Last Rights

“They say there's a heaven for those who will wait
Some say it's better but I say it ain't
I'd rather laugh with the sinners than cry with the saints
The sinners are much more fun”
-Billy Joel

“JESUS CHRIST!!!” I snapped.

With every scrap of strength I could muster, I swiped the oil and pudgy thumb away from my forehead. The unforgiving IV that was lodged in arm sent a sharp, searing pinch up my right side to remind me that movement was for the privileged.  I winced in pain, opened my eyes, and glared at the priest.

“Sorry,” he said. “I didn’t mean to startled you.”

After 5 days in the hospital, I had finally fallen asleep.  I discovered that hospitals are the worst place to catch a little shut because someone is always poking or prodding at you.  Which is ironic, considering the place is jam packed with sick people.

“I’ve come to bless you,” he whispered.  He was a post middle aged priest, with flushed, chunky cheeks and white hair that wisped to the side, as if he just stepped off a magic carpet.

“I didn’t sneeze,” I whispered back. Half joking. Half not joking.

I knew exactly why the priest was at my bedside; to anoint the sick. Meaning me. It is the sacrament performed to heal the ill from sin so they can receive the Holy Spirit before death. I perceived it as a sacrament reserved for very old people or the dying, and thought it audacious of him to consider me a rightful member of either group. And to top it off, he woke me up to insinuate that I maybe dying. Who does that? Still he persisted...

“You are very sick,” he whispered.

“I know,” I whispered back. “But I’m not THAT sick.”

He smiled. Indeed, I was a train-wreck. Having just endured 20 weeks of chemotherapy and a tooth extraction, I was bald with a gaping hole in my smile that could receive a punt from the 95 yardline. Cancer was not what landed me in the hospital though, not directly anyways. Cancer treatment did.  Ironically, a side effect of cancer treatment can be just as deadly as the disease itself.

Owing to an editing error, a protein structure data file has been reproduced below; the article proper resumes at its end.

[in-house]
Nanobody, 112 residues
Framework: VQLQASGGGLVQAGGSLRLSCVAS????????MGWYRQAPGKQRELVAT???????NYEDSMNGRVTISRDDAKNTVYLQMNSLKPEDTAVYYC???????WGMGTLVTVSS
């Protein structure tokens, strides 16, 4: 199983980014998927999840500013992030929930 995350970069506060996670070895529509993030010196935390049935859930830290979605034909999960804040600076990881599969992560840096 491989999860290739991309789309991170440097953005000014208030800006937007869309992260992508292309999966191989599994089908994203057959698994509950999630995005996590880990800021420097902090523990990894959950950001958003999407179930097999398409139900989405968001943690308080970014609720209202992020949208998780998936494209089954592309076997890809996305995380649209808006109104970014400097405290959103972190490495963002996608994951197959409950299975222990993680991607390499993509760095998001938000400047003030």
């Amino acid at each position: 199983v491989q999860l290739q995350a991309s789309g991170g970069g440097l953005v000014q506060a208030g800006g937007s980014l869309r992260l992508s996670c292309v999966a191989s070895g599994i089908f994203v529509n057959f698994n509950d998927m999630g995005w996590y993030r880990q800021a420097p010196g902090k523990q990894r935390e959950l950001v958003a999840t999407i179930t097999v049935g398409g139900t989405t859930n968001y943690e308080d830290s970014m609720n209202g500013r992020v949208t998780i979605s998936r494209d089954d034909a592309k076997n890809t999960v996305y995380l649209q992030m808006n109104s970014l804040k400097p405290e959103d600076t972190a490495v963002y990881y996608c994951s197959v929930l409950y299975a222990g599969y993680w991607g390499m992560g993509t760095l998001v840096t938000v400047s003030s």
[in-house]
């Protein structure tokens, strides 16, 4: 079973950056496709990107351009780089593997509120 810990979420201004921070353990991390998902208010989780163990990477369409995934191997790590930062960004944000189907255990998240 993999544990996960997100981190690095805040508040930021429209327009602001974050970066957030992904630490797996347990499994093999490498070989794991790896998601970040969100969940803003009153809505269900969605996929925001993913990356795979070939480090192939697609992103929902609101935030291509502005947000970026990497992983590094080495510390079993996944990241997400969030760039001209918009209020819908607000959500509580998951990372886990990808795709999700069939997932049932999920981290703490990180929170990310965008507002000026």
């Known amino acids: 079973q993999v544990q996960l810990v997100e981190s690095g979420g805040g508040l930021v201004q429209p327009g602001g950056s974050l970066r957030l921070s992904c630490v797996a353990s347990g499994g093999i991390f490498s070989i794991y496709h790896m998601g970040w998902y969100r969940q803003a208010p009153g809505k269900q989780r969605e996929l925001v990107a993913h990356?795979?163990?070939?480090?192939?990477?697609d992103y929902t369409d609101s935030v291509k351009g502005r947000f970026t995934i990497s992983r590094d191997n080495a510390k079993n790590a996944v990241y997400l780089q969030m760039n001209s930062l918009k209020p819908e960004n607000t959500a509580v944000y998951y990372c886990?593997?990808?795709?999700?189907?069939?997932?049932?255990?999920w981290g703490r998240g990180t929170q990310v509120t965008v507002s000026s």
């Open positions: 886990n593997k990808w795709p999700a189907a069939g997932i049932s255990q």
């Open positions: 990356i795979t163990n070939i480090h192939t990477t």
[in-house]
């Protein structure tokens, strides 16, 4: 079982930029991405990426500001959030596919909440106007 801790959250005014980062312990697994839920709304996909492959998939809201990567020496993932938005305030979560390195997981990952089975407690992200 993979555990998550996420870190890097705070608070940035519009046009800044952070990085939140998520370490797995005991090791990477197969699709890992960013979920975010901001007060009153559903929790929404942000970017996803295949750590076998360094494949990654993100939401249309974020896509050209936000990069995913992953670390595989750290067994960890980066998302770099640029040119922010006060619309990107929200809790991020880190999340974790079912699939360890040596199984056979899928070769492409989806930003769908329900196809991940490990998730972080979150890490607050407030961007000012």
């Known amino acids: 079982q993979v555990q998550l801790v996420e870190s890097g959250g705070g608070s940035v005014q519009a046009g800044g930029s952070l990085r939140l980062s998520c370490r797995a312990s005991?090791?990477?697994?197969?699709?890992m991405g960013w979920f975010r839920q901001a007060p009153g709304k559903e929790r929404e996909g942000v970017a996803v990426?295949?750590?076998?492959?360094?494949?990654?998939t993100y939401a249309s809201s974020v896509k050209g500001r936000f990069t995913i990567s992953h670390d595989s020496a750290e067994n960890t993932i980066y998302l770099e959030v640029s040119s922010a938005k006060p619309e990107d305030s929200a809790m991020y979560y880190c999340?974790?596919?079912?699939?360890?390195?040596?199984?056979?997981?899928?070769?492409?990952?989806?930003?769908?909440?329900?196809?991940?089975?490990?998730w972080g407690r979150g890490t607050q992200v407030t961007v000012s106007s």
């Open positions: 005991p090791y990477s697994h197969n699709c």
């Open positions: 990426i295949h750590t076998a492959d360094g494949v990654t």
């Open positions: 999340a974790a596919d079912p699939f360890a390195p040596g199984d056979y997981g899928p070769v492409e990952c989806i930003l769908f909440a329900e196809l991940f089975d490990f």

Officially, I was diagnosed with sepsis, a life-threatening condition caused when the immune system has an extreme response to an infection. When I checked myself into the hospital with a blazing fever, chills, sweats, nausea and severe joint pain, I must have I checked off the Catholic box on the admittance form. Hence, the priest. Note to self.

He waved the Sign of the Cross in front of my head and began reciting a prayer,

“Lord, Jesus we pray for this woman, Maureen...”

“Whoa...whoa...hold on there...” I said, gently moving his hand away from my face while ignoring another burning shot of pain from the IV.

He looked at me with confusion. “I’ve come to bless you,” he stated again.

“I know...I know,” I said. “I got that. It’s just...It’s just..” I did not know how to tell him that I did not want this sacrament.  I did not want to be oppositional or disrespectful; I just wanted him to go away. “It’s just that I’m not THAT sick and I’m not sure how this sacrament works.” I said. “Is this a one-and-done sacrament, like baptism and first communion, or do I get a second shot at the title? I’m not even fifty…”